Journal of Alzheimer’s disease: A qualitative impairment in face perception in Alzheimer’s disease: Evidence from a reduced face inversion effect
Researchers in Canada have found that people with Alzheimer’s have problems with facial perception, compared to healthy people of a similar age. The research was published in the Journal of Alzheimer’s Disease on 11 April 2016.
The researchers studied 25 people with mild Alzheimer’s disease (average age 77), alongside 23 healthy people of a similar age. The volunteers completed tests of memory and thinking skills, as well as visual perception tests. The visual perception test, which wasn’t dependent on memory, was a pairs matching exercise. This included 36 pictures of unfamiliar faces and 36 pictures of cars – the right way up and upside down. The researchers found that people with Alzheimer’s had difficulties matching faces compared to cars. These difficulties were most marked when the faces were the right way up, suggesting that people perceive upright faces in a different way to when they’re looking at faces and objects upside down. People with Alzheimer’s also had difficulties with the more complicated aspect of the visual task – matching images that were the wrong way up.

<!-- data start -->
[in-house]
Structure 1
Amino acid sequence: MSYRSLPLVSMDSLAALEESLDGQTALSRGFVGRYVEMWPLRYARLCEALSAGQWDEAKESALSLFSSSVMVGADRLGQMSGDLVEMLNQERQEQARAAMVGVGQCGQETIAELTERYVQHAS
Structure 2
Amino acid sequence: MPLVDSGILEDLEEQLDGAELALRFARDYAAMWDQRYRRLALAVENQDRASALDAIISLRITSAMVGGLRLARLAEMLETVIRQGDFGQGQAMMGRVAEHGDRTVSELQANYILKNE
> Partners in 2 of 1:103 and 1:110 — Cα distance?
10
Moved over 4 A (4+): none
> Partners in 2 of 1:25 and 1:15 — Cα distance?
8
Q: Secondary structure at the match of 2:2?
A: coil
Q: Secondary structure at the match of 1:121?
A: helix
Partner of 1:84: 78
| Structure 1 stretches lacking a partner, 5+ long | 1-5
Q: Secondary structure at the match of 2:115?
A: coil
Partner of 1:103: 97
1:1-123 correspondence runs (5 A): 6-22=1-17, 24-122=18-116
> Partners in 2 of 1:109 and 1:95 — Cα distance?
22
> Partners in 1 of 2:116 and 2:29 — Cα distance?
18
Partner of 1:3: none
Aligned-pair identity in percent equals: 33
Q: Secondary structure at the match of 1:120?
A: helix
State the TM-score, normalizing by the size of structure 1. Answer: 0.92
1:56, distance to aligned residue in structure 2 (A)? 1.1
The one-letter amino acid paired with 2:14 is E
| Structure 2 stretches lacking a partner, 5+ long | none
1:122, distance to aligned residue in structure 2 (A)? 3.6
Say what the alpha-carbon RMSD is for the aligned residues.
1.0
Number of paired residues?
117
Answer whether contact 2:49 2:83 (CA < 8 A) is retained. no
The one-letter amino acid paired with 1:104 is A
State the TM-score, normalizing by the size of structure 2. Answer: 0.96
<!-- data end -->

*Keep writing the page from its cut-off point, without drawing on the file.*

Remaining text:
Dr Laura Phipps of Alzheimer’s Research UK, said:
“The inability to recognise loved ones can be distressing for both the person living with dementia and their family and friends. We know that in addition to memory difficulties, people with Alzheimer’s experience challenges with visual perception and this study highlights the impact of the disease on facial recognition. The research suggests that people with Alzheimer’s can have trouble building a visual picture of a face in their mind and this is not entirely driven by underlying memory problems. It’s important that researchers understand the complex symptoms that people with dementia experience, as this will help with diagnosis, symptom management and ultimately treatments.”
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